The JCC Fitness Center is the very definition of our Community. Its closing marks the end of an era.
“I was so tired the other day, I slept right through my nap.” — Benny Gurvitz
I met Benny Gurvtiz in the locker room of the JCC Fitness Center in 2000. I, a then 52 -year old clinical psychologist, and my brother Mike, a then 47-year-old furrier. Benny, a 90-year-old retired pharmacist. Our lockers were next to each other.
Benny was older than my dad was when he passed at the too-young age of 67. Maybe that’s what drew me to Benny. Or maybe it was our similar approach to fitness: “When I feel the urge to exercise, I lie down and wait until the urge passes,” he’d say.
For 10 years thereafter, I’d return home from the “J” and tell my wife and kids all the “Benny jokes” I had heard that day. His humor was remarkable. My brother, Mike, and I would accompany Benny to his pharmacist continuing education seminars mostly so we could listen, learn and laugh. Remember, he was well into his retirement, didn’t need any more CE credits, but we’d drive him to these events, and he would pick the programs with the best food.
I knew instantly Benny was a rare breed. By the time we’d met, he’d already lost so much in his life. He’d outlived his wife and many of his friends. Benny said, “I don’t have any peer pressure because I don’t have any peers.” Yet, he kept coming back to the Jewish Community Fitness Center. He was a “regular.”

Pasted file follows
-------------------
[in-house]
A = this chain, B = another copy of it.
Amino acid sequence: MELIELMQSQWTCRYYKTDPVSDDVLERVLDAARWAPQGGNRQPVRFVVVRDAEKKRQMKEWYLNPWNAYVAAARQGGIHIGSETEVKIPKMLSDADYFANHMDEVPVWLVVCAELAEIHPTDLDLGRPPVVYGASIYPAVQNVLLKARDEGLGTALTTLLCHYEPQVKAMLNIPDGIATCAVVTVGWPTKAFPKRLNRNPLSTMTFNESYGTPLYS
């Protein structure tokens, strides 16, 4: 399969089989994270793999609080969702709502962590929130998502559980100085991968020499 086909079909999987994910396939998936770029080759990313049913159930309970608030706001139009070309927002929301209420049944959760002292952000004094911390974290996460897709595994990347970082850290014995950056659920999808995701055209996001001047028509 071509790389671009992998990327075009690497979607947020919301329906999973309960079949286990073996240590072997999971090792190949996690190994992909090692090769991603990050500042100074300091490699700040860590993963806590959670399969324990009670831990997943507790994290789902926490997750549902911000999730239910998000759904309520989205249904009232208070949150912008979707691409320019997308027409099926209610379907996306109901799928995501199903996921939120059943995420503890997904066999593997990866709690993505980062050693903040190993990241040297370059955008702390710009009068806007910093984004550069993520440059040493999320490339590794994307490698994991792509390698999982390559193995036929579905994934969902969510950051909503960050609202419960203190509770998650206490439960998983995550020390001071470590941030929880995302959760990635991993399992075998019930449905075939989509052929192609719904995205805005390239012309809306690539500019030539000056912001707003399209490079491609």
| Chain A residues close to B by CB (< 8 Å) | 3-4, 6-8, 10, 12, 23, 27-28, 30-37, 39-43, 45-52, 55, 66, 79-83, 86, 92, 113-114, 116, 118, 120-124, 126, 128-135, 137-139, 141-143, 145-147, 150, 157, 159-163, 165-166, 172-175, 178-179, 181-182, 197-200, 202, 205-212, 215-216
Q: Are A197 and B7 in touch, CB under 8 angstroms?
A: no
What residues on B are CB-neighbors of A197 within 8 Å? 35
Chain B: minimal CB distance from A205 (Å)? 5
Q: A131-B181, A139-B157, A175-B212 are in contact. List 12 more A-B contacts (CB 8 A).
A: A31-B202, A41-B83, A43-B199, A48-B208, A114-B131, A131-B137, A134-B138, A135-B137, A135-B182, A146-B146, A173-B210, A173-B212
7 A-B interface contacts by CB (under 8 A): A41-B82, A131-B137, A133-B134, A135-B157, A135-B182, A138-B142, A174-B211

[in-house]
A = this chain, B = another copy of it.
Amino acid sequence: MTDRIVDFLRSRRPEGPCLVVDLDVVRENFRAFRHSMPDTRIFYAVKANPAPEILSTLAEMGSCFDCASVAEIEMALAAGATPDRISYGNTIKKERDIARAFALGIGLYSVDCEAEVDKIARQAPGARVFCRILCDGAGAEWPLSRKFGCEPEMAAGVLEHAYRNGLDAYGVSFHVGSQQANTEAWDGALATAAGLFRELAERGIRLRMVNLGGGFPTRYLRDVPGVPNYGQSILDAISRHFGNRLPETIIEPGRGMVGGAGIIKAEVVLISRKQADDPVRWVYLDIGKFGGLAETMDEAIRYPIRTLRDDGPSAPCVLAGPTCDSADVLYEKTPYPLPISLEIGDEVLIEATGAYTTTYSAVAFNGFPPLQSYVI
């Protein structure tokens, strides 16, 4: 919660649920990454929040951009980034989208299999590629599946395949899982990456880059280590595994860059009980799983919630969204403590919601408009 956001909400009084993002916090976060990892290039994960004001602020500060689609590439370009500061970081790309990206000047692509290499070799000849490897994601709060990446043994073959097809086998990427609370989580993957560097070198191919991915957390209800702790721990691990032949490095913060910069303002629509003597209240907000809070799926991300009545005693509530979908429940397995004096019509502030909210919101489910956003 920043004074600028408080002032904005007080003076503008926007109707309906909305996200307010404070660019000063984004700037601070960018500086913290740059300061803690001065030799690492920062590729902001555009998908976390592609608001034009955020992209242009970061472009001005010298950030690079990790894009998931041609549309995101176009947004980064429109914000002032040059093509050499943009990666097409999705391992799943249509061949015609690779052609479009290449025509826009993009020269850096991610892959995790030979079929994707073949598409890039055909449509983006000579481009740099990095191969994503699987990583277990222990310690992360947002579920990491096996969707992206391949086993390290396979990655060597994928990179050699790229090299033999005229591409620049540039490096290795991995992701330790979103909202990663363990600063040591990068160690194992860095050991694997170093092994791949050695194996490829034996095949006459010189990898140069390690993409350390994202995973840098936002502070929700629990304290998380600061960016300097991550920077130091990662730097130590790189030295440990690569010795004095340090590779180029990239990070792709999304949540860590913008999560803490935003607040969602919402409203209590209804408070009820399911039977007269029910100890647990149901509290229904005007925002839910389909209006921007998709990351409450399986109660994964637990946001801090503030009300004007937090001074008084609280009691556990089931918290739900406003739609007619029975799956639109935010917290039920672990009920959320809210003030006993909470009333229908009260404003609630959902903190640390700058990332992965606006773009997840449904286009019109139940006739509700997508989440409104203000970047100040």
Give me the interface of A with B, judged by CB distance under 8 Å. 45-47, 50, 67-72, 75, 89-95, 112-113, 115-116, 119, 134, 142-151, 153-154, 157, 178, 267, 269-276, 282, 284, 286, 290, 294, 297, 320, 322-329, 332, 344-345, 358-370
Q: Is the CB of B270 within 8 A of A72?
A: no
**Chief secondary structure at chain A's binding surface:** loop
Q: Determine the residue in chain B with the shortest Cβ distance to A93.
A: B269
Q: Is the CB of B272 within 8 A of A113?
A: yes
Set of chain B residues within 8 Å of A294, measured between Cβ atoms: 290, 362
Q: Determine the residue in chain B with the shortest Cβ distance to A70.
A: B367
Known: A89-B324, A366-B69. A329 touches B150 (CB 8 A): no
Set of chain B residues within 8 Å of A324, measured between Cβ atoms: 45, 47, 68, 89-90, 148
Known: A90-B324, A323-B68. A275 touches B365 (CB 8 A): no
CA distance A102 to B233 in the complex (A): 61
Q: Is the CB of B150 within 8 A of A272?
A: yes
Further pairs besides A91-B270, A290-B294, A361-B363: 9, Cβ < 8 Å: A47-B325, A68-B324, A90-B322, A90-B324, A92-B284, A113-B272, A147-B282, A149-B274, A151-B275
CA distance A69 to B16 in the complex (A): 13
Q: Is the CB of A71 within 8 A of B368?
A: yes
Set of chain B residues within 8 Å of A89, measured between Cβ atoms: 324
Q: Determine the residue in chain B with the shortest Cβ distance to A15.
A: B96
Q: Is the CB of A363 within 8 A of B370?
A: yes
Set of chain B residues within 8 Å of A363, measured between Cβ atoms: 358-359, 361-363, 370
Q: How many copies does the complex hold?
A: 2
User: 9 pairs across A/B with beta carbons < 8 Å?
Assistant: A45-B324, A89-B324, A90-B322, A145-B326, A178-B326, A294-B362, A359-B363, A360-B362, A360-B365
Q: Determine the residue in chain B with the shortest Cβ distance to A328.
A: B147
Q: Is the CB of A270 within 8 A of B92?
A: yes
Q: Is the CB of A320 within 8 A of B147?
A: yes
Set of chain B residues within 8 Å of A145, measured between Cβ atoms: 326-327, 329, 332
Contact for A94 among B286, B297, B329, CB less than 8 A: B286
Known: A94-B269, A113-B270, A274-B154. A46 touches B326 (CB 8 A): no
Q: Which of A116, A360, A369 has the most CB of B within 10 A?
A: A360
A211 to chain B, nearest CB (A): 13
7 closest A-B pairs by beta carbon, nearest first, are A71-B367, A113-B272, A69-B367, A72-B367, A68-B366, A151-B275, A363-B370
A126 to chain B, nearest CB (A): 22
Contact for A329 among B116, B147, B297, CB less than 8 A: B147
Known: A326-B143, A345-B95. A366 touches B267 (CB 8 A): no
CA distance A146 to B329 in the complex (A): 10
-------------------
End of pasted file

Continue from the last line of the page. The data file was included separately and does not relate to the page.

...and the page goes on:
The “regulars” have come back to the Center for the fitness, the laughter, the socialization, the culture, the commonalities and the differences. We’ve mingled with people we know only in the context of the schvitz at the “J”. We then laugh to ourselves when we run into a “regular” in public, thinking to ourselves: “Boy, it’s hard to recognize these people with their clothes on.”
We’d talk about sex, love, death, childhood, jealousy, hate, envy, conscience, desire, loss, character, sports, politics and more. All of what makes us human. All of what makes us part of this incredibly tight-knit, rich Jewish Community.
We lost Benny 10 years ago, two months shy of his 100th birthday. Benny believed he was going to live to be 100 — “because when I turned 50,” he said, “I felt half-dead.” He lived a long, meaningful life — and continued to laugh and make others laugh until the end. At his 99th birthday, Benny did a stand-up routine to nonstop laughter to an overflowing crowd squeezed into a room at Temple Israel, his shul.
Just a year later at his funeral, I chuckled thinking of what he’d once told me: “as you get older, it’s a good day when you wake up in the morning, stretch out your arms and don’t hit wood.”
The closing of the JCC Fitness Center this month hit me hard. Not because I, myself, am a big fitness buff. Over the years, I have certainly spent more time in the locker room than on the treadmill. But, because the Center is the place that has fostered one of the most important and valuable parts of our Jewish culture — the Community, the bridging of generational gaps, the l’dor v’dor. Those values which were embodied so fully in my 10-year friendship with Benny.
All these years, I’ve referred to the JCC Fitness Center as “the Jewish Center” or “the Center” or “the J” and I’ve unknowingly left out the most important word — Community. The JCC Fitness Center is the very definition of our Community. Its closing marks the end of an era.
Steve Ceresnie lives in Commerce.